Ashley here! As I have stated in the past, my husband, Chris, is a movie buff and really enjoys reviewing films. This list is his favorite films from the past year. Although our tastes can differ, I fully agree with this list and even encourage you to check some of these out if you haven’t already! Take it away, honey!
Before getting to my Best of’s, a disclaimer for several films I unfortunately missed of 2014 that you won’t see me talk about here. Selma, Land Ho!, Nymphomaniac, Love Is Strange, Top Five, Mr. Turner, The Raid 2, Force Majeure, A Most Violent Year, Two Days One Night, Listen Up Phillip and probably many, many others.
Dawn of The Planet of The Apes
After the surprise hit of Rise of The Planet of The Apes the assumption only would be going down from there with the sequel. Yet Dawn not only succeeds from avoiding the sophomore jinx but surpasses it’s predecessor. This summer blockbuster is smarter than it has to be, with doing the wonderful job of fleshing out of its CGI and living characters. With a script that draws from Shakespeare’s Julius Caesar and Richard III the film masterfully builds a case for none of it’s characters being the good or bad guy but instead sympathies with the reason they do things they do.
Best Doppelganger Film of 2014
(Spoiler alert, some films mentioned below, you may not realize they deal with doppelgangers until you see them)
Yes what a weird category, but how many films dealt with doppelganger scenarios this year would surprise you. Enemy starring Jake Gyllenhaal in duel roles, The Double, which explains it’s self with in its title, and the relationship dark comedy The One I Love as well. Yet the best doppelganger film was perhaps the lease known of the year. Coherence is a little film that takes place during the night of a dinner party of eight friends. While they chat and drink wine, strange goings on begin to happen causing miss trust between the group of friends, who begin to divulge they’re “real selves” as possible other versions of themselves begin to enter or exit the dinner party. It’s a fun watch in which I have to catch up again with to figure out what who was who.
Best Film Scene, That’s Not In Whiplash
Snowpiercer- A Short Pause At Yekaterina Bridge
It can be hard to find yourself surprised by much in actions films lately. The thematic beats are usually going to similar rhythm that we have come accustom to. In director Bong Joon-Ho film Snowpiercer, you never know what to expect in the next train car coming up. This is what makes it terrifying and the most alive action film of the year. There is no better moment in Snowpiercer than that of the Yekaterina Bridge fight/celebration scene. Things play out in familiar manner as most fight scenes involving several people would, until both sides of the battle take a 1 minute pause to acknowledge the New Year which is celebrated every time they cross the dangerous Yekaternina Bridge. The brake in the battle scene just shows Joon-Ho ability for humorous moments in the darkest of times. Pointing out how ridiculous this whole situation is for his characters and us the audience.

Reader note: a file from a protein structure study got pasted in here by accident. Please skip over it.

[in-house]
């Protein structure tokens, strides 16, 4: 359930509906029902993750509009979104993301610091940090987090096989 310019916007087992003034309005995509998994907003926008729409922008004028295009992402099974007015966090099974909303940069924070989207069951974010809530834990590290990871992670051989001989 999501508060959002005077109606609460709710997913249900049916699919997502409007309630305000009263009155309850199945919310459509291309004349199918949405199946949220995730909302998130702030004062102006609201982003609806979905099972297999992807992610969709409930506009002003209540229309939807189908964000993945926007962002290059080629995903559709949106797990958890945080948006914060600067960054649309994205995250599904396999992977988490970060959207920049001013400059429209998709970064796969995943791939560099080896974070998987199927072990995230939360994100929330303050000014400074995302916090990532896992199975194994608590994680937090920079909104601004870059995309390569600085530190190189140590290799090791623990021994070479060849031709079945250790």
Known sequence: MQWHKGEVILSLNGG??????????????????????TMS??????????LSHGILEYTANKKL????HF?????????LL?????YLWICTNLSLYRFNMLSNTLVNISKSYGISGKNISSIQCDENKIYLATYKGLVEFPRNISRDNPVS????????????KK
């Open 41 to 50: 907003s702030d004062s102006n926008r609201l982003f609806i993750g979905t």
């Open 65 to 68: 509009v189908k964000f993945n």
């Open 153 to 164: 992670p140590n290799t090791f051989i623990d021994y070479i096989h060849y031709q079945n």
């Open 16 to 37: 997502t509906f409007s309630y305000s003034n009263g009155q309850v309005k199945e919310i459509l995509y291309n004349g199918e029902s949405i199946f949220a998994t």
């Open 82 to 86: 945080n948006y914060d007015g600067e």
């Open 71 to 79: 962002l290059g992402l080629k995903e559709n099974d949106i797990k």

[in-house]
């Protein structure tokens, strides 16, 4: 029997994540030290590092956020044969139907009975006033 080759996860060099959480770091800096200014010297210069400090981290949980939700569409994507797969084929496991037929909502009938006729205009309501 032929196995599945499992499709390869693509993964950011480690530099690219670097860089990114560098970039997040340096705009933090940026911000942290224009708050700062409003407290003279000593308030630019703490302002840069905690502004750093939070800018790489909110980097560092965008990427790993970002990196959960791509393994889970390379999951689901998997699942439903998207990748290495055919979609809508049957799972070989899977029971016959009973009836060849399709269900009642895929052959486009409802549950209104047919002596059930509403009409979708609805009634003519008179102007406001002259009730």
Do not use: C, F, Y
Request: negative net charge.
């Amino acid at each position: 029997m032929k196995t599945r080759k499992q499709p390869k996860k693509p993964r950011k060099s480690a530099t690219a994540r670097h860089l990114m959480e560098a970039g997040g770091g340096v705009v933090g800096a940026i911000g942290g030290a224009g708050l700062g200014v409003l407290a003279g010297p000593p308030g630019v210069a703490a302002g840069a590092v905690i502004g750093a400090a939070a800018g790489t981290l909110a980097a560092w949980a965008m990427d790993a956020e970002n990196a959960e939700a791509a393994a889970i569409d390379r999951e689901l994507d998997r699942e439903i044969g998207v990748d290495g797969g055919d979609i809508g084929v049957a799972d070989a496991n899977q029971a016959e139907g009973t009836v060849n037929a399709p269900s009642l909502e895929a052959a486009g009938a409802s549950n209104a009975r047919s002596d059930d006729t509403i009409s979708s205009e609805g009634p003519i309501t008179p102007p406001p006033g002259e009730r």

The Most Overrated Film That Will Get 10 Oscar Nominations
Foxcatcher and Birdman
A friend recently mention to me how much he enjoyed reading my reviews but was waiting for me to write a negative review on a movie. It was a fair point, everything I’ve written about either loved it or at lease thought was worth recommending you checking out. As I’ve said before I don’t get paid, especially to watch movies that are most likely not good. With that said I do still see occasionally bad or too highly praised movies that I wouldn’t mind talking about but with work and school work, I’d rather write about the movies that are worth your time. With that said I have to give a few words regarding Foxcatcher and Birdman, two movies that surely are going to be discussed in length on their “excellence”.
Bennett Miller (director of Foxcatcher) has no interest in the reason or possibilities in his characters motivations but just the end results of their decisions. Which just leaves you empty walking out of theatre. I’m not asking for Dr. Fred Richman to come at the end of the movie to explain to me why du Pont did what he did but I believe as audience we deserve some room for interpretation or speculation of events. Miller doesn’t allow for that, instead we are giving the “facts” of the situation and follow along in uninterested manner. With that said Channing Tatum and Mark Ruffalo successfully push passed Miller’s need to void the film of emotion by giving two terrific performances. While the performance (surely everyone will be in high praise of) by Steve Carell as John du Pont is perhaps the most over praised part of the film. Miller and Carell would have you believe that du Pont is a terrifying and creepy character, instead Carell’s performance is silly, in a way that makes the performance distracting not in a good way. I think most of the praise given to his performance should be given to the make up people. This is just another case of people giving to much credit to the “transformation” of the actor.